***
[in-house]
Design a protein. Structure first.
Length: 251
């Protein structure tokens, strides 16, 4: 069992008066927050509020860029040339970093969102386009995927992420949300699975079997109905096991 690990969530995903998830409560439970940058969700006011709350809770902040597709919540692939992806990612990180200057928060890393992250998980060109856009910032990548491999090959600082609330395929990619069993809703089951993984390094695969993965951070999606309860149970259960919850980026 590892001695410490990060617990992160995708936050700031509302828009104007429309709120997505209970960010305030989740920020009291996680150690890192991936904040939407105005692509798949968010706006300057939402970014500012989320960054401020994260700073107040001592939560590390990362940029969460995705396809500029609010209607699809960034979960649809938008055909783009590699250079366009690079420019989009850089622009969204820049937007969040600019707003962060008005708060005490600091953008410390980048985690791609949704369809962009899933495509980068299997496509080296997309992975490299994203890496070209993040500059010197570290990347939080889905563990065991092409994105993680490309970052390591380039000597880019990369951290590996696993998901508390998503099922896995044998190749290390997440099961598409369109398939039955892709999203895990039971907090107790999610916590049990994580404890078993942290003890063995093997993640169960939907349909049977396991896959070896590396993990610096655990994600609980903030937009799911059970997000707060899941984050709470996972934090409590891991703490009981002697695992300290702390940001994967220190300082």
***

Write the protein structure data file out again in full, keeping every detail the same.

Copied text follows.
[in-house]
Design a protein. Structure first.
Length: 251
């Protein structure tokens, strides 16, 4: 069992008066927050509020860029040339970093969102386009995927992420949300699975079997109905096991 690990969530995903998830409560439970940058969700006011709350809770902040597709919540692939992806990612990180200057928060890393992250998980060109856009910032990548491999090959600082609330395929990619069993809703089951993984390094695969993965951070999606309860149970259960919850980026 590892001695410490990060617990992160995708936050700031509302828009104007429309709120997505209970960010305030989740920020009291996680150690890192991936904040939407105005692509798949968010706006300057939402970014500012989320960054401020994260700073107040001592939560590390990362940029969460995705396809500029609010209607699809960034979960649809938008055909783009590699250079366009690079420019989009850089622009969204820049937007969040600019707003962060008005708060005490600091953008410390980048985690791609949704369809962009899933495509980068299997496509080296997309992975490299994203890496070209993040500059010197570290990347939080889905563990065991092409994105993680490309970052390591380039000597880019990369951290590996696993998901508390998503099922896995044998190749290390997440099961598409369109398939039955892709999203895990039971907090107790999610916590049990994580404890078993942290003890063995093997993640169960939907349909049977396991896959070896590396993990610096655990994600609980903030937009799911059970997000707060899941984050709470996972934090409590891991703490009981002697695992300290702390940001994967220190300082």